Premier League hits out at Brussels over TV coverage

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The Independent Online

The Premier League has hit back at criticism from regulators that it allows too few football matches to be shown on television with evidence from fans that more games were not wanted.

Addressing a key criticism levelled at the League by the European Commission the last time a contract for television rights was awarded, the football organisation produced a fans' survey yesterday showing just 9 per cent thought more games should be screened. The study of 25,000 fans found 69 per cent thought the quantity of televised football was "about right" while 22 per cent felt too much was shown.

Richard Scudamore, the chief executive of the Premier League, said football fans were "very much the lifeblood of the game", adding "we must take note of what fans are saying about the amount of live televised football. Clearly there is a balance to be struck and we are just about achieving it."

According to criticism from the European Commission in 2003, when the League sold all its live rights once again to BSkyB, the structure of the rights on offer meant that not enough games were shown each season. Brussels fears that consumer choice is limited by too few matches being available on television and those that are available being shown only by one pay-TV company, Sky.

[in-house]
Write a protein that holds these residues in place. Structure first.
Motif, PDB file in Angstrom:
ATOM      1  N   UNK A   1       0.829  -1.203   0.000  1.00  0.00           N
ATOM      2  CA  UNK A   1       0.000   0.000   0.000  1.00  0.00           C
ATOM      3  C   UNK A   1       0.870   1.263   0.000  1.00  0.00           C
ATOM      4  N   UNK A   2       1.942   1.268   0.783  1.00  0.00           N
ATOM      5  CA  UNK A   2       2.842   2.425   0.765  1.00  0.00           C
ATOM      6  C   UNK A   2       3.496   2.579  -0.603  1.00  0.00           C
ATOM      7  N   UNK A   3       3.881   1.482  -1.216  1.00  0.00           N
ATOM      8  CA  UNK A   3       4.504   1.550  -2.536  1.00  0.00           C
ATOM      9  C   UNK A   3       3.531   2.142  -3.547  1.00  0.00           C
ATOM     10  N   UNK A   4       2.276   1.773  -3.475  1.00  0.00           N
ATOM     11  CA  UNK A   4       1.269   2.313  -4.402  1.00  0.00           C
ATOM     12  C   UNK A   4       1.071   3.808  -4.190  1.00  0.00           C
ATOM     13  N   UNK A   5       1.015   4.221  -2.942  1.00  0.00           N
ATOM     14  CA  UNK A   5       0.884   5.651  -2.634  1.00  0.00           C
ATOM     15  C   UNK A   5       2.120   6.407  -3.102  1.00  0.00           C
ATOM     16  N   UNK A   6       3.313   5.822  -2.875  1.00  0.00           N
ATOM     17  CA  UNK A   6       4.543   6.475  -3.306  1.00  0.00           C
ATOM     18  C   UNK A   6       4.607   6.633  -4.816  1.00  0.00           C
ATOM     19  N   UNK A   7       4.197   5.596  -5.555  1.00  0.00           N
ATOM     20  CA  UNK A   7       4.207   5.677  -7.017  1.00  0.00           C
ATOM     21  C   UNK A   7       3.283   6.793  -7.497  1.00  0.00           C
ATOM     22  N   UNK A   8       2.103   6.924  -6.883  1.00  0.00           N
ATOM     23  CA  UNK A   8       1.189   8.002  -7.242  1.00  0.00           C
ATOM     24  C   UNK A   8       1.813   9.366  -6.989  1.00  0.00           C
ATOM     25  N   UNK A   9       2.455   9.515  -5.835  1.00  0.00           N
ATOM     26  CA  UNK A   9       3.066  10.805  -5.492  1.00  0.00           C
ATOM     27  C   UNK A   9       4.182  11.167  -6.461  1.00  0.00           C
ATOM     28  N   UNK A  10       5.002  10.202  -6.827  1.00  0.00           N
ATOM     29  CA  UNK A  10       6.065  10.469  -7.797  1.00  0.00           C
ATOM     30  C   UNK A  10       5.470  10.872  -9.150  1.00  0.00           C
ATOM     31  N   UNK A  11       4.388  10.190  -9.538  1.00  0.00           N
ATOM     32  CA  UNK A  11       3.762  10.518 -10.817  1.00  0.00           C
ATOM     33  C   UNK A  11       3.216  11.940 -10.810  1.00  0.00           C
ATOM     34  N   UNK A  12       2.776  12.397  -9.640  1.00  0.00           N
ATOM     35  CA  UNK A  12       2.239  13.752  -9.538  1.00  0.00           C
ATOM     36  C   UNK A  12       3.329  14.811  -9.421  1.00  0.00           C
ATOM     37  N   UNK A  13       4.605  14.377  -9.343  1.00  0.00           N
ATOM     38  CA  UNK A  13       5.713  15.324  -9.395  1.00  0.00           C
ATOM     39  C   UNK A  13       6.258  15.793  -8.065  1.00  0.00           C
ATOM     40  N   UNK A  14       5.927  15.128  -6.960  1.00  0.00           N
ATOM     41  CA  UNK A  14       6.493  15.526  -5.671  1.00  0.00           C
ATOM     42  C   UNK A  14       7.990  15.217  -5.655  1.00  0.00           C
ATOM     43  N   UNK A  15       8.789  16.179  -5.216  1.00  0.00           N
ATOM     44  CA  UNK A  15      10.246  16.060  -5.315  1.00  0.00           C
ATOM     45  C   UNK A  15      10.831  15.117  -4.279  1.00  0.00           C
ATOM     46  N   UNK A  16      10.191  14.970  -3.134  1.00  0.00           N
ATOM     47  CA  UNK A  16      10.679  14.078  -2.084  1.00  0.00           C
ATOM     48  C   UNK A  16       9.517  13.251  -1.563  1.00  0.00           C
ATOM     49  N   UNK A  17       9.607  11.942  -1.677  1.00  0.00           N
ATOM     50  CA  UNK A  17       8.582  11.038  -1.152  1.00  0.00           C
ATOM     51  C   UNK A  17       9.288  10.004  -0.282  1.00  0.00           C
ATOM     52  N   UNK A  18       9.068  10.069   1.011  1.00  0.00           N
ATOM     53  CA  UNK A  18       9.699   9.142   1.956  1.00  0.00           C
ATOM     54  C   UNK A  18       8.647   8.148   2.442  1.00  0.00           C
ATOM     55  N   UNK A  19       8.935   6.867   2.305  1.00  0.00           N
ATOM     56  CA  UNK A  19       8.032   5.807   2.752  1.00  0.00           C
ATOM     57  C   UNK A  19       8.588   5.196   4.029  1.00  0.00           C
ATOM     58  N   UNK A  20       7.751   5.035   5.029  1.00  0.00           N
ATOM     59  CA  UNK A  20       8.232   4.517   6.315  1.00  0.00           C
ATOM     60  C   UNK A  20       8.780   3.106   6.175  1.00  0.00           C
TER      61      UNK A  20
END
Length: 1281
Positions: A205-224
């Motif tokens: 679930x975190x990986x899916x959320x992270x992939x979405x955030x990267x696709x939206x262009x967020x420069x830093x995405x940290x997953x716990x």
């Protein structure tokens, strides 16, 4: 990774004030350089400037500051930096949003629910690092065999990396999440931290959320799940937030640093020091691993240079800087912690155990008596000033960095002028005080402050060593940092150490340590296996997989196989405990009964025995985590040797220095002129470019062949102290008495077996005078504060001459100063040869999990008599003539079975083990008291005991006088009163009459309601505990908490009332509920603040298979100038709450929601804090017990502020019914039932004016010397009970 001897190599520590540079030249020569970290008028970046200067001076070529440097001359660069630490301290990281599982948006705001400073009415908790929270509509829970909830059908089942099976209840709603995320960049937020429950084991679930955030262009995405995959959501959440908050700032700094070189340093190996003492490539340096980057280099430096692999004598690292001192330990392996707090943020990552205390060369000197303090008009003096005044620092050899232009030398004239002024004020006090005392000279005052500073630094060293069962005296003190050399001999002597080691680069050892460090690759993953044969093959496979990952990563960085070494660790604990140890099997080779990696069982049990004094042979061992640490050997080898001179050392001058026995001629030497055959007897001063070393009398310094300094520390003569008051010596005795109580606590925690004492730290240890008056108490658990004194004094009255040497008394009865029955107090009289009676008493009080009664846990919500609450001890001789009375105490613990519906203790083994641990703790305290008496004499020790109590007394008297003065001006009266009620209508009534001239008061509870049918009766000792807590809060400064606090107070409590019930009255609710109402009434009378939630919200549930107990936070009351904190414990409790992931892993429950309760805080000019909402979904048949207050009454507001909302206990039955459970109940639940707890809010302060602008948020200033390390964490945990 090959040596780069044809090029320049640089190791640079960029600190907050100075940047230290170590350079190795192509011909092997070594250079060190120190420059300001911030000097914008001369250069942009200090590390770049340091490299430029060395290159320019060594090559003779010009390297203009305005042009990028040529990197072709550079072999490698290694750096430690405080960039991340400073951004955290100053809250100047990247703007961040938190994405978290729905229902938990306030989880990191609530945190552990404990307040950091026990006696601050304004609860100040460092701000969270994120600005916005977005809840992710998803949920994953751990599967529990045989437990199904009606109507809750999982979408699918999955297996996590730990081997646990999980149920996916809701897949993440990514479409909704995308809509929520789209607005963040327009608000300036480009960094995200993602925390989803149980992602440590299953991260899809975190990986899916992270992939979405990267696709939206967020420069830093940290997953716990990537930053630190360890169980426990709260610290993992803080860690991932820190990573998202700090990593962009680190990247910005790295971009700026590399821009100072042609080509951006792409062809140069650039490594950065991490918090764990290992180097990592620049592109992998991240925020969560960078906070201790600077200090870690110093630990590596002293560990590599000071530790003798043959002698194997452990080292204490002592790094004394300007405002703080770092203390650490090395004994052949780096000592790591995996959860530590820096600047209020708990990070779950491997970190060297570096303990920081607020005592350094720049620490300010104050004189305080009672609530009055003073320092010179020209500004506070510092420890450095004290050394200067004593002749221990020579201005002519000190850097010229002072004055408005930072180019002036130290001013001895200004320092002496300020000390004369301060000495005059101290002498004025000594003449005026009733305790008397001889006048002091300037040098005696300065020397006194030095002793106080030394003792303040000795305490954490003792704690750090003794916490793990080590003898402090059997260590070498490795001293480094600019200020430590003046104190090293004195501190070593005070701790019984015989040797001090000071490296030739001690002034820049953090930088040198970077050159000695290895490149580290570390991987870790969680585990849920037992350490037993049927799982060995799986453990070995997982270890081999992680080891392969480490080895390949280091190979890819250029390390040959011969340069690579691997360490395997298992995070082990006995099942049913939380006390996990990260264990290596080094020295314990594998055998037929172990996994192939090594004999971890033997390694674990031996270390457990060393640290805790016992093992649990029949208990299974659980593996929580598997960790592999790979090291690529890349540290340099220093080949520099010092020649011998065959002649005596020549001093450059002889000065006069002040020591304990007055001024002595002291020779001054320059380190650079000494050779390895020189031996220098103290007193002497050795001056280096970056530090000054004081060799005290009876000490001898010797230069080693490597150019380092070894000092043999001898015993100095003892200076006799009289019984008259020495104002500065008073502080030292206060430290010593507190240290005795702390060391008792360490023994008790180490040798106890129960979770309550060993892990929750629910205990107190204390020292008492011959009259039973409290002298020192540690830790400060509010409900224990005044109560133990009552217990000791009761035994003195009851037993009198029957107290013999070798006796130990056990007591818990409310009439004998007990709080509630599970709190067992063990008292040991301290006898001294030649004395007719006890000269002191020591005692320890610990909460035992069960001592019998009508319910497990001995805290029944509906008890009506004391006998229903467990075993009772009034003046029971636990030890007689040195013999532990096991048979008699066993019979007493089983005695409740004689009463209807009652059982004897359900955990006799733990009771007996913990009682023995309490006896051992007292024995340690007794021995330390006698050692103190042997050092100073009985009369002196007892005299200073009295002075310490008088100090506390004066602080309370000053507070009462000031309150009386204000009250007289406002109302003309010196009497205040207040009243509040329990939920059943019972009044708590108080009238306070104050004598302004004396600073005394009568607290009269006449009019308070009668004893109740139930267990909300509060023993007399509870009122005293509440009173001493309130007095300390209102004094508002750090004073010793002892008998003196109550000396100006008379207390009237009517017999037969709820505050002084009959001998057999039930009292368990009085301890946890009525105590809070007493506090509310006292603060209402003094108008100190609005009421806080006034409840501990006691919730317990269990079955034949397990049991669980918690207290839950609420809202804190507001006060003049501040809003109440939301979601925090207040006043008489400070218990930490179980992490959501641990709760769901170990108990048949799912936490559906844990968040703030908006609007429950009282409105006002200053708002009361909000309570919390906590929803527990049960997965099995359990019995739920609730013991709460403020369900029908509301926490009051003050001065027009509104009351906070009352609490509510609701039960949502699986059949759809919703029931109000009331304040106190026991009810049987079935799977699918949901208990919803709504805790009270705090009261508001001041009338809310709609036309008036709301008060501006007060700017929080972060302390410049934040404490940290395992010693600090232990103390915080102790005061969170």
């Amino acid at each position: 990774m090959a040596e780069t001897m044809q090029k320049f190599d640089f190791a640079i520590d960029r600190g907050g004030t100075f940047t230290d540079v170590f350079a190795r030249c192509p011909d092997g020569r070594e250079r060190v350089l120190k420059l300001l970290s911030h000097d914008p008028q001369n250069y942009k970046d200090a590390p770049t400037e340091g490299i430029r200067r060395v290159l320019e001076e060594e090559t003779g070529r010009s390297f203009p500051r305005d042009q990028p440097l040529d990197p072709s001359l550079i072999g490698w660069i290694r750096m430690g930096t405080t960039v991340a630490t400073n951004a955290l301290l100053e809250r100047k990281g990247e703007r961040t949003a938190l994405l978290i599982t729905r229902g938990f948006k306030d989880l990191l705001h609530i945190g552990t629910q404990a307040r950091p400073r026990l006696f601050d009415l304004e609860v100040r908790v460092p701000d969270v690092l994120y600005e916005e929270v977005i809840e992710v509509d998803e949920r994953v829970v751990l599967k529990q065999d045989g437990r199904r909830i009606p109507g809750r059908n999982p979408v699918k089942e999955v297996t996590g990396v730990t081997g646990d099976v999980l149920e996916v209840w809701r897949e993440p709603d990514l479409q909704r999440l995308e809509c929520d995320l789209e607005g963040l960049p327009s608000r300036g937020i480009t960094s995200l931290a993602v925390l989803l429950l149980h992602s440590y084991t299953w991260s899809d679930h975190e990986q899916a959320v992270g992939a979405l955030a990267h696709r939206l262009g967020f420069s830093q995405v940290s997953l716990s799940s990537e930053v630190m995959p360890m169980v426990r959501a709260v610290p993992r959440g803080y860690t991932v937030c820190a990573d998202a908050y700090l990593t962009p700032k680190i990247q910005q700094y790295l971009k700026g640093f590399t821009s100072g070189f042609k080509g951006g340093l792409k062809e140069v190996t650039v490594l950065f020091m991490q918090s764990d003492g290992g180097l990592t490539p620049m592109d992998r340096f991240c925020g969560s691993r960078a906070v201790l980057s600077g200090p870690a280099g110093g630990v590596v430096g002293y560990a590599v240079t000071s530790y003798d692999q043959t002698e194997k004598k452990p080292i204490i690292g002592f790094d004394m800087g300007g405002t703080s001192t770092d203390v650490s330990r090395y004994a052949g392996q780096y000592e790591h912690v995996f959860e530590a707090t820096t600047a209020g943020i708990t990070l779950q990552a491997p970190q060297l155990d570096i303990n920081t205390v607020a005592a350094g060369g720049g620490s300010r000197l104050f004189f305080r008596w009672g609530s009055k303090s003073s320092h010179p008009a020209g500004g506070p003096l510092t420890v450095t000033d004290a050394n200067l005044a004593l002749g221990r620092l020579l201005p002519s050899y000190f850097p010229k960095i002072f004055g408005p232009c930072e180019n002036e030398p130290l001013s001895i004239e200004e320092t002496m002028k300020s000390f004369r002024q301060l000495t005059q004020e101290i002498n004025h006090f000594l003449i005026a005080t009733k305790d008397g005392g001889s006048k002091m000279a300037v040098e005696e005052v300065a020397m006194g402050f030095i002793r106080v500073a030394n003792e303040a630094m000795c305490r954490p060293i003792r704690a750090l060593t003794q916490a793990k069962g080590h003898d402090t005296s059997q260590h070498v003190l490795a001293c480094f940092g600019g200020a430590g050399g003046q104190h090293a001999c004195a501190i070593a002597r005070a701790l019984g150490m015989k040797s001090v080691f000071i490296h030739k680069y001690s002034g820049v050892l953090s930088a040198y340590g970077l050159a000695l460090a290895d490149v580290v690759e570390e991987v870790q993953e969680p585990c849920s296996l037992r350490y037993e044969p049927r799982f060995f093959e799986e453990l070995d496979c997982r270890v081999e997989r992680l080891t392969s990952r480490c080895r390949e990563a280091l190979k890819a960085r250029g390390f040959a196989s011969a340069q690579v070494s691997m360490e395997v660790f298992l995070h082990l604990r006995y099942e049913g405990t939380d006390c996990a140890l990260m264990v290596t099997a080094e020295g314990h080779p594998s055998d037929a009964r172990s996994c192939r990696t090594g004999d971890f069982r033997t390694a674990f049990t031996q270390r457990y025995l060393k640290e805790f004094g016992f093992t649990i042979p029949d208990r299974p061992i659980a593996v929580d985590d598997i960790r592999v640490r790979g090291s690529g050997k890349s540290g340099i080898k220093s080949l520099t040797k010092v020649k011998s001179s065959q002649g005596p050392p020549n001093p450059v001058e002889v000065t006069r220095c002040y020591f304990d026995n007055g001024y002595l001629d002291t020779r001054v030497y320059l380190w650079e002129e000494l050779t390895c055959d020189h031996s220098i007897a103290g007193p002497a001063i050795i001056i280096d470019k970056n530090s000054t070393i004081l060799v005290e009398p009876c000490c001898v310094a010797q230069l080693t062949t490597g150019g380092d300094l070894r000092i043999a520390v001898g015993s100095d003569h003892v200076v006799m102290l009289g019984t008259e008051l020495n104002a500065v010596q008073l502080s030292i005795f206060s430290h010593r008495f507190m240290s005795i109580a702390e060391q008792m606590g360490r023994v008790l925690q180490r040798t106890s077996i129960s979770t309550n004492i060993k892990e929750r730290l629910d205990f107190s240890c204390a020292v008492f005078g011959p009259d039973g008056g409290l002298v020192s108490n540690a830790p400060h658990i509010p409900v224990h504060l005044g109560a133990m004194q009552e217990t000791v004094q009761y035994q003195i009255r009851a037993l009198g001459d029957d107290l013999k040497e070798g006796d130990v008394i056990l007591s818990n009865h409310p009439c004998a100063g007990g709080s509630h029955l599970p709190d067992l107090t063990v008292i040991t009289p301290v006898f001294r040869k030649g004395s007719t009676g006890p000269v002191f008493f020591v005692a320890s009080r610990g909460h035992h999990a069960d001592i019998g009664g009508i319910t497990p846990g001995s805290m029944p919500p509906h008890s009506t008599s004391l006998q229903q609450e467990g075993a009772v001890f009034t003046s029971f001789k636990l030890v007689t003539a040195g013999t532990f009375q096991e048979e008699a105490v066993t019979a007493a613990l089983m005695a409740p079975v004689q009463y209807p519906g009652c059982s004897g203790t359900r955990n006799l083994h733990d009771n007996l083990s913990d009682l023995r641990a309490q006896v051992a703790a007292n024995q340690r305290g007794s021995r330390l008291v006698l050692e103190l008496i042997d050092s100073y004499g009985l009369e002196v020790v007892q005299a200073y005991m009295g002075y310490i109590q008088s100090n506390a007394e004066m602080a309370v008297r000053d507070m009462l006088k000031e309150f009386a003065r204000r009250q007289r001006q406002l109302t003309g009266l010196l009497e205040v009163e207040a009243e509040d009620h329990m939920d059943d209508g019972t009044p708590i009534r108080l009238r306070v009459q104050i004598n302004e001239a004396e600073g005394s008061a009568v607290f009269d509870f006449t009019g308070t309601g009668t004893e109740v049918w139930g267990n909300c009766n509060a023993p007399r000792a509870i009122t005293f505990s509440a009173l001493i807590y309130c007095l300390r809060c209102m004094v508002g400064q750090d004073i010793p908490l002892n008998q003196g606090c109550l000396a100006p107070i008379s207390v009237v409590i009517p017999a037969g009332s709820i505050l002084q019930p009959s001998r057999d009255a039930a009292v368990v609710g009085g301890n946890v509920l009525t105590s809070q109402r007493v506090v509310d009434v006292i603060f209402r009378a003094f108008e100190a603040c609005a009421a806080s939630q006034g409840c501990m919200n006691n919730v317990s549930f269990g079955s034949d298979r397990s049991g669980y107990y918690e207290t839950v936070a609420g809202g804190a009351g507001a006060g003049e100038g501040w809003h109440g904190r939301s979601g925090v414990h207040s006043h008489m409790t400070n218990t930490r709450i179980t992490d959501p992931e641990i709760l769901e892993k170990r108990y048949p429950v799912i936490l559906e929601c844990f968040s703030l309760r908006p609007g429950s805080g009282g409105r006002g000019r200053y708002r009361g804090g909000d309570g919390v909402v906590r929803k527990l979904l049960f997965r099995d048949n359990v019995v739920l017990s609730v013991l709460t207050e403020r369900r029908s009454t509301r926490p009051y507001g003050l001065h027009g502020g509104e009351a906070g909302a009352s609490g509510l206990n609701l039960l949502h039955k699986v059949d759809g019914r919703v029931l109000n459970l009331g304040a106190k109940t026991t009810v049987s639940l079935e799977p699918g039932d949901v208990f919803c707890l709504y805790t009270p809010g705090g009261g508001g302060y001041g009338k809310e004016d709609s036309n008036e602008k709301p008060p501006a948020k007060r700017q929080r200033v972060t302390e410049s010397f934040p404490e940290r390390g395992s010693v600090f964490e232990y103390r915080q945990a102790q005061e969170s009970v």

The Independent revealed last week that the Commission is pressing for a new structure guaranteeing that Sky could not buy the rights for all the games in the next three-year rights package to be offered, covering the 2007-2010 seasons. Brussels has brought in the UK media regulator, Ofcom, to help achieve its aims and is thought to want a greater number of games to be offered to television.

At the Commission's insistence, when the rights were last awarded by the League - in 2003 - the 138 games a season on offer were divided into four packages in the hope one or more would go to a broadcaster other than Sky. Sky simply bid high for each package and won every tranche of matches, maintaining its monopoly over top-class English football coverage.

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